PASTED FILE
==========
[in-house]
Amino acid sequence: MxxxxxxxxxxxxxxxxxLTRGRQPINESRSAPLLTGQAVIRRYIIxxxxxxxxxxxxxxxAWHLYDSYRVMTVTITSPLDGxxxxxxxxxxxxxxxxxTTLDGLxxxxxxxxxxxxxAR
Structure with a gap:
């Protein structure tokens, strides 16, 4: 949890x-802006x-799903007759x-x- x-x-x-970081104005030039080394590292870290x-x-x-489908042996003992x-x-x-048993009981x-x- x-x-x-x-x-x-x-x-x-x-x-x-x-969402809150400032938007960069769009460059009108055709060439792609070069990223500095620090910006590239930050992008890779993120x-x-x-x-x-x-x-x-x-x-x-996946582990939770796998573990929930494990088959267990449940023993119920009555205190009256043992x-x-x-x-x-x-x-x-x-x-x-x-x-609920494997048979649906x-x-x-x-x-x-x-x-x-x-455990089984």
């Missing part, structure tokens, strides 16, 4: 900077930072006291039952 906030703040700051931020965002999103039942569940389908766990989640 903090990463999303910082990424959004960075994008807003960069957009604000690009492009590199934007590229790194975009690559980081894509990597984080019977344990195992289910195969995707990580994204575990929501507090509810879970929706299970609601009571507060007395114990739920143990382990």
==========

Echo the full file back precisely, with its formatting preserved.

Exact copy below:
[in-house]
Amino acid sequence: MxxxxxxxxxxxxxxxxxLTRGRQPINESRSAPLLTGQAVIRRYIIxxxxxxxxxxxxxxxAWHLYDSYRVMTVTITSPLDGxxxxxxxxxxxxxxxxxTTLDGLxxxxxxxxxxxxxAR
Structure with a gap:
């Protein structure tokens, strides 16, 4: 949890x-802006x-799903007759x-x- x-x-x-970081104005030039080394590292870290x-x-x-489908042996003992x-x-x-048993009981x-x- x-x-x-x-x-x-x-x-x-x-x-x-x-969402809150400032938007960069769009460059009108055709060439792609070069990223500095620090910006590239930050992008890779993120x-x-x-x-x-x-x-x-x-x-x-996946582990939770796998573990929930494990088959267990449940023993119920009555205190009256043992x-x-x-x-x-x-x-x-x-x-x-x-x-609920494997048979649906x-x-x-x-x-x-x-x-x-x-455990089984």
């Missing part, structure tokens, strides 16, 4: 900077930072006291039952 906030703040700051931020965002999103039942569940389908766990989640 903090990463999303910082990424959004960075994008807003960069957009604000690009492009590199934007590229790194975009690559980081894509990597984080019977344990195992289910195969995707990580994204575990929501507090509810879970929706299970609601009571507060007395114990739920143990382990």